Massive pileup near Ga.-Tenn. line kills 4
Up to 125 vehicles involved, including 20 tractor-trailers
CHATTANOOGA, Tennessee (CNN) -- About 125 vehicles, including 20 tractor-trailers, smashed into each other in thick fog that cut visibility to less than a car length on Interstate 75 south of Chattanooga, Tennessee, on Thursday morning, killing at least four people, injuring at least 39 and backing up traffic for miles in each direction.
Crunched vehicles were packed tightly against each other, with most of them on the northbound side of the roadway.
Georgia's Catoosa County Sheriff Phil Summers said four people were confirmed dead, but more victims could still be trapped in mangled vehicles. All of the fatalities, he said, were in the northbound lanes.
Officials have revised the death toll down from a high of 10.
Summers said 15 people suffered major injuries, 16 had minor injuries and eight were classified as having "walking" injuries.
Witnesses said the chain-reaction crash began when a tractor-trailer heading north toward Chattanooga drove into a wall of fog and slammed into the back of another tractor-trailer. One of those trucks crossed the median into the southbound lanes, spreading the wreckage across all lanes of the main connection between Chattanooga and Atlanta.
Between 100 and 125 vehicles -- 20 of them tractor-trailers -- were involved in the accident in Catoosa County near Ringgold, Georgia, said Georgia State Patrol Chief Mary Jones.
A Georgia Highway Patrol spokeswoman said visibility in the area was 10 to 15 feet at the time of the accident, which happened between 7:30 a.m. and 7:45 a.m., and that the fog lifted about an hour later, giving emergency crews their first look at the extent of the damage.
The highway patrol spokeswoman said that state authorities were on a skeleton crew because many officers are at a state training center in the middle of the state. She said off-duty officers are coming to the scene, as well as officers assigned to the crematory case in Noble, Georgia.
Nineteen adults and a child were taken to Erlanger Hospital, a Level-1 trauma center in Chattanooga 15 miles from the accident site. Thirteen of the adults were being treated for major injuries and six of them for minor injuries, said hospital spokeswoman Sharon Cahill. The child's condition had not been determined.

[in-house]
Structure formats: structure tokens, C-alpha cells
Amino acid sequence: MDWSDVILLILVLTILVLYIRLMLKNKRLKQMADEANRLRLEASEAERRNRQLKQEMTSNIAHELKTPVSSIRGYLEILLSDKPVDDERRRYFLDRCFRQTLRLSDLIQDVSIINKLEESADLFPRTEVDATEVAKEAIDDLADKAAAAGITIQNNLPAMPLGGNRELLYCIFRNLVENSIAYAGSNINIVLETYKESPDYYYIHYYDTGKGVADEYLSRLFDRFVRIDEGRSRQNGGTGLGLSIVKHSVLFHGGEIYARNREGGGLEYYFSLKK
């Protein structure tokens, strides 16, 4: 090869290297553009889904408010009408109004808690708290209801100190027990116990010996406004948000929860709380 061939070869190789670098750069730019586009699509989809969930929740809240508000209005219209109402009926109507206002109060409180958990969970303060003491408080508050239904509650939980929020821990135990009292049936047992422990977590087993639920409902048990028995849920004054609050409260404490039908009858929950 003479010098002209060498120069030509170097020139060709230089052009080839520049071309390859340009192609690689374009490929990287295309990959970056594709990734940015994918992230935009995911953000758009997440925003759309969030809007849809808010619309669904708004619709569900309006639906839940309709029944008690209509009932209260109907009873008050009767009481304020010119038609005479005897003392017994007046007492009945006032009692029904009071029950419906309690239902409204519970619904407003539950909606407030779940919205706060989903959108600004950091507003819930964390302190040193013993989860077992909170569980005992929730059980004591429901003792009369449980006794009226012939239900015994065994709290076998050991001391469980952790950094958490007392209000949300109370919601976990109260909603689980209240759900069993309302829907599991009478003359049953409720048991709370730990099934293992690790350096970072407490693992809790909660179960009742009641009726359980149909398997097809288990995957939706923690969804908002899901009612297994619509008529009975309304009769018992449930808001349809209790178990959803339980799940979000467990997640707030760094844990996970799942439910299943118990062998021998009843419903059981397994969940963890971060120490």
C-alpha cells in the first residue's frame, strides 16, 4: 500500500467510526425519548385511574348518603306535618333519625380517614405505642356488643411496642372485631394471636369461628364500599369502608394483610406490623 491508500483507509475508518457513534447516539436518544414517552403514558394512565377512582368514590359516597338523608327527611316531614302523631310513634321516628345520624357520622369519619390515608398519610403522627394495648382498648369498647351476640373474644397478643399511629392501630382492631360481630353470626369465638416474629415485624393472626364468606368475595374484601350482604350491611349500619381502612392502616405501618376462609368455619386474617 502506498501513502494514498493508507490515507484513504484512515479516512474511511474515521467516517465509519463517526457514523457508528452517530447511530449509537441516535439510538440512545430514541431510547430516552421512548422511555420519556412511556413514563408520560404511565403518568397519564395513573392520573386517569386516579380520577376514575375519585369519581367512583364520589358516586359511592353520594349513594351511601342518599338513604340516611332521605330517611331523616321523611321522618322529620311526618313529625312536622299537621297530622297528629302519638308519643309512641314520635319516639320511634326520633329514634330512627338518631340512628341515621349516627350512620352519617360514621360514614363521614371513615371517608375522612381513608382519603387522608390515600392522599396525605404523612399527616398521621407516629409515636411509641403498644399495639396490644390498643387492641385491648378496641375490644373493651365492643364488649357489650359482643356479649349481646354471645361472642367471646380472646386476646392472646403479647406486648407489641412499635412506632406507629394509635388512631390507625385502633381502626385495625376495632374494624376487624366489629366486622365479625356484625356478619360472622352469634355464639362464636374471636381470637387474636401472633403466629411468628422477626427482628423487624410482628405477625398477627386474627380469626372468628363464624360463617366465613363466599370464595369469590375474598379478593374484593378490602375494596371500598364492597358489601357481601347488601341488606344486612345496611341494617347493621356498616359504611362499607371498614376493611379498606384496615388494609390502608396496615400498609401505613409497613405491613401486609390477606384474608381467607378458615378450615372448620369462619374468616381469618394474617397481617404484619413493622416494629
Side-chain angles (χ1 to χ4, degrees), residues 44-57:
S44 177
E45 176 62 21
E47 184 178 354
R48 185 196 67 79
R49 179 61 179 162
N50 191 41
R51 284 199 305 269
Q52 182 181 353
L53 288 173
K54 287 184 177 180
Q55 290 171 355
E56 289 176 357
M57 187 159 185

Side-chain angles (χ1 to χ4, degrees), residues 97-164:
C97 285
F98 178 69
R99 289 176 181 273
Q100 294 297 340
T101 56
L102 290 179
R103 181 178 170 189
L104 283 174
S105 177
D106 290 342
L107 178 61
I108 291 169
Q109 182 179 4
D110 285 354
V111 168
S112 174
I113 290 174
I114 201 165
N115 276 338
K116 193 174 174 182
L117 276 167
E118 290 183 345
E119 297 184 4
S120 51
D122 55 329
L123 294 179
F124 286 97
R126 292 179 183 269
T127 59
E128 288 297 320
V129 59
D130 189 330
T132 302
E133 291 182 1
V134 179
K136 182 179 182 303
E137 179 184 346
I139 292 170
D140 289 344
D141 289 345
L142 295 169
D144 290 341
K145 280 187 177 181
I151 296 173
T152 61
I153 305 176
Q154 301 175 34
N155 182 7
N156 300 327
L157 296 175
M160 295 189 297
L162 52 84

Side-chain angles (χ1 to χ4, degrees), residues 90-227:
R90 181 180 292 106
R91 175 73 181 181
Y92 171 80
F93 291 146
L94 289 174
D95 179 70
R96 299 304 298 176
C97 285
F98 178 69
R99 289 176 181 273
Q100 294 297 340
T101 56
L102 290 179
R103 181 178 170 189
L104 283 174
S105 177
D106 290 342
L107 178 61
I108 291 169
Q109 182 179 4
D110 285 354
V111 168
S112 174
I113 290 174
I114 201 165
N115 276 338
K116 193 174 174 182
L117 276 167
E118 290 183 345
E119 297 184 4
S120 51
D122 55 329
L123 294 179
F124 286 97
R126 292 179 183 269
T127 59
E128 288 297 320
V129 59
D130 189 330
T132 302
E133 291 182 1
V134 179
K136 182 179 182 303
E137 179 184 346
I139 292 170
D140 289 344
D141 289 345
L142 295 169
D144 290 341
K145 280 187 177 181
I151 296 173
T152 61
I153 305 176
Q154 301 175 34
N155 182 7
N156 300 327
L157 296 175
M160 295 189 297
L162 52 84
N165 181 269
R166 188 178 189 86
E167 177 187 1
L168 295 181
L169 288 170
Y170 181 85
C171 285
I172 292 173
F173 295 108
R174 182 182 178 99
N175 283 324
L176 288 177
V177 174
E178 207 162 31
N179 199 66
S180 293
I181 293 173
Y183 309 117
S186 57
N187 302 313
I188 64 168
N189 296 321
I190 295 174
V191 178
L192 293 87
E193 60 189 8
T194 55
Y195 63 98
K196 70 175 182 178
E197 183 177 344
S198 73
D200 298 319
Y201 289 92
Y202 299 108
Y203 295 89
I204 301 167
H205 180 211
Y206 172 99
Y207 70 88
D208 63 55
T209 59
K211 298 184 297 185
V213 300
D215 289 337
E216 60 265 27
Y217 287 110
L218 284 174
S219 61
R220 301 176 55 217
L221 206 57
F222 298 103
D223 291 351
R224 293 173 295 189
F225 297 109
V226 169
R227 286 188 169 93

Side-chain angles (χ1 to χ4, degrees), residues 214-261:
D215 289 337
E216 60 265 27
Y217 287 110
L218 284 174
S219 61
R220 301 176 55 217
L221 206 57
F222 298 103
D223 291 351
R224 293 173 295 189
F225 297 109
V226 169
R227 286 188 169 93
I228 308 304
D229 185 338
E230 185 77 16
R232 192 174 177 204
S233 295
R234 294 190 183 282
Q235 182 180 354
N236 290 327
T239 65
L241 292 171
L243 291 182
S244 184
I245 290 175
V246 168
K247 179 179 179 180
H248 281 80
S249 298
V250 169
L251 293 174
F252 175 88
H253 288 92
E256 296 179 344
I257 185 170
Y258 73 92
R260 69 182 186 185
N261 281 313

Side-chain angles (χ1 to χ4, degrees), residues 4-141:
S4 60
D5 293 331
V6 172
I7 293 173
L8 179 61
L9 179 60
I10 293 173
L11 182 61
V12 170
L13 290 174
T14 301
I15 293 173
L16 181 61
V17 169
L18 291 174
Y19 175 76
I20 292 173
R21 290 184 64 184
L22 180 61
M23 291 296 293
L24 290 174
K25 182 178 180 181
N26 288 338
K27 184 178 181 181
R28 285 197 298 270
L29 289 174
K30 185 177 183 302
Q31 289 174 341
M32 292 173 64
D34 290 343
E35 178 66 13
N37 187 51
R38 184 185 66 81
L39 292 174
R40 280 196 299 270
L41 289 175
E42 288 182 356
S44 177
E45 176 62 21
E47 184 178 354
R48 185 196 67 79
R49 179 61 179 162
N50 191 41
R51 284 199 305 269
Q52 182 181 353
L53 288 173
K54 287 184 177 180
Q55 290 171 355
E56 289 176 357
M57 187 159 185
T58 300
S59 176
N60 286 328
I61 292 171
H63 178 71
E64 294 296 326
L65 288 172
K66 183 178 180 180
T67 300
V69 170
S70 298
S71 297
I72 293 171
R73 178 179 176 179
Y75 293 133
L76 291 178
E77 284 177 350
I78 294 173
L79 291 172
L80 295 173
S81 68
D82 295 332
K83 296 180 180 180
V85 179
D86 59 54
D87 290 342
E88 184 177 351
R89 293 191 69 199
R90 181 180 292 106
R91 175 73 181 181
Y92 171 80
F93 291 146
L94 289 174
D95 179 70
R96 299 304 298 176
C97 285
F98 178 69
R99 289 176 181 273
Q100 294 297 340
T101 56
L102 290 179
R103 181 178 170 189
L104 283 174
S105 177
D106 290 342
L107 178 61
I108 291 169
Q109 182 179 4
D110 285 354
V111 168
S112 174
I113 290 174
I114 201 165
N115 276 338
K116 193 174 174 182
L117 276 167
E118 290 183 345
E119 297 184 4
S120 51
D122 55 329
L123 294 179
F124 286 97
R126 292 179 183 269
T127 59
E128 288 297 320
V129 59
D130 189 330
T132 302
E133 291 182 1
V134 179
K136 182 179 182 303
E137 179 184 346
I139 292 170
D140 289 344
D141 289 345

Eight people were taken to Hutcheson Medical Center in Fort Oglethorpe, Georgia, three of them with major injuries, said hospital spokeswoman Toni Tenters. Five victims were taken to Memorial Hospital in Chattanooga, spokeswoman Robin Payne said. One was listed in critical condition.
Three victims were taken to Hamilton Medical Center in Dalton, Georgia, where hospital spokesman Keith Jennings said they were in fair condition.
The Georgia Department of Transportation said that both north- and southbound lanes on the interstate were shut down between exits 348 and 350. Northbound traffic was being routed to State Route 151 at exit 348 and then onto State Route 3 or US 41. Northbound traffic rejoined I-75 in East Ridge, Tennessee.
Southbound traffic was routed onto State Route 2 and exit 350, then onto State Route 3 and U.S. 41 before rejoining the interstate at exit 348. Summers said the southband lanes may re-open in the early afternoon Thursday.
A similar fog-related crash on Interstate 75 more than a decade ago involved 99 vehicles near Calhoun, Tennessee. Just after 9 a.m. on December 11, 1990, a southbound tractor-trailer rear-ended another tractor-trailer in heavy fog 40 miles north of Chattanooga near the Hiwassee River. While the two uninjured drivers checked the damage, an automobile rear-ended the second truck and a third truck rear-ended the car. Fire consumed the car and two of the trucks.
Meanwhile, vehicles in the northbound lanes slowed because of the fires, and a chain-reaction accident began there, eventually closing both north- and southbound lanes of the interstate, claiming 12 lives and injuring 42.
That accident prompted officials to put in place an extensive fog warning system recommended by the National Transportation Safety Board and better markings on the roadway itself.
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